Back from vacation, Juan already has my water boiling. The ginger, milk, sugar, strainer and stainless steel tea urn is just where it should be because of him. He greets me with a smile and notices my walk. Slower than usual. A tight muscle I assure him, nothing serious. He is on the other side of the stainless steel. Doing his work. Cutting. Chopping. Measuring. Seasoning. Just behind him I see my pot of water on one of the burners waiting patiently for the other ingredients. As I chop, crush and measure the ginger, we talk. His time away from the Pfister was spent with family. He looks too young to have children old enough to have children of their own. But with that special kind of pride and joy that only grandparents have, he tells of his time with them and remembers his history.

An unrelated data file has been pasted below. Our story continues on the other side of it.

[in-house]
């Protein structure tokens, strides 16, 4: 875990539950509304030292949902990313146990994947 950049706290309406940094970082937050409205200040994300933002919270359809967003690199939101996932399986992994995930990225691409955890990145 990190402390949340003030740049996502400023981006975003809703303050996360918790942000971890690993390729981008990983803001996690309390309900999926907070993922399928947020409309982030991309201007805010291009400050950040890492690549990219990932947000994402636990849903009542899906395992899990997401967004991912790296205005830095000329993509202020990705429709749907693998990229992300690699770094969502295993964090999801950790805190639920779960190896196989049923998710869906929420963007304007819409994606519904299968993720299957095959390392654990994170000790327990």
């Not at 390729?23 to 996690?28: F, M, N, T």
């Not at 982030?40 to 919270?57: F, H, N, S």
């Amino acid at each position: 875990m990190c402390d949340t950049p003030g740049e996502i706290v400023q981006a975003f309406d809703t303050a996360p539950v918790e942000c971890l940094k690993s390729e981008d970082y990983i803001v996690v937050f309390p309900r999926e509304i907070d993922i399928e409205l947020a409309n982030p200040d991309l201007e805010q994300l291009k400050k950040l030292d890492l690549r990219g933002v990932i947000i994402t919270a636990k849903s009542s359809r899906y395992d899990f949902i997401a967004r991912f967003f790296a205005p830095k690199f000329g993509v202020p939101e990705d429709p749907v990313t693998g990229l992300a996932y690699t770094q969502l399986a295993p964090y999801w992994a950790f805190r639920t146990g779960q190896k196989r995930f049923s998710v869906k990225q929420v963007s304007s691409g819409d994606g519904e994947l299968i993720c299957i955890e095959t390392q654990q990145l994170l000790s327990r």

He is Puerto Rican, grew up there and speaks spanish fluently bantering back and forth with Jose and the other cooks and staff. I love the rhythm of their banter. The way it ebbs and flows in harmony with the sounds of the kitchen. He became a father and lost one when he was young. He moved from couch-to-couch and friend-to-friend. He was just living, he tells me. Doing what he had to do all of those years ago. He talks with a quiet kind of honesty. One that is free of pride or longing. He speaks as if he is a man with everything. Telling me about finding love when he was young. All of these years later, they are still together. She likes it when he makes pasta— all kinds, with chicken and lobster.
He talks of our ancestors. His and mine. Coming together to make the chai. I listen and imagine them dancing, sharing their wisdom and watching over us. Watching over all of us.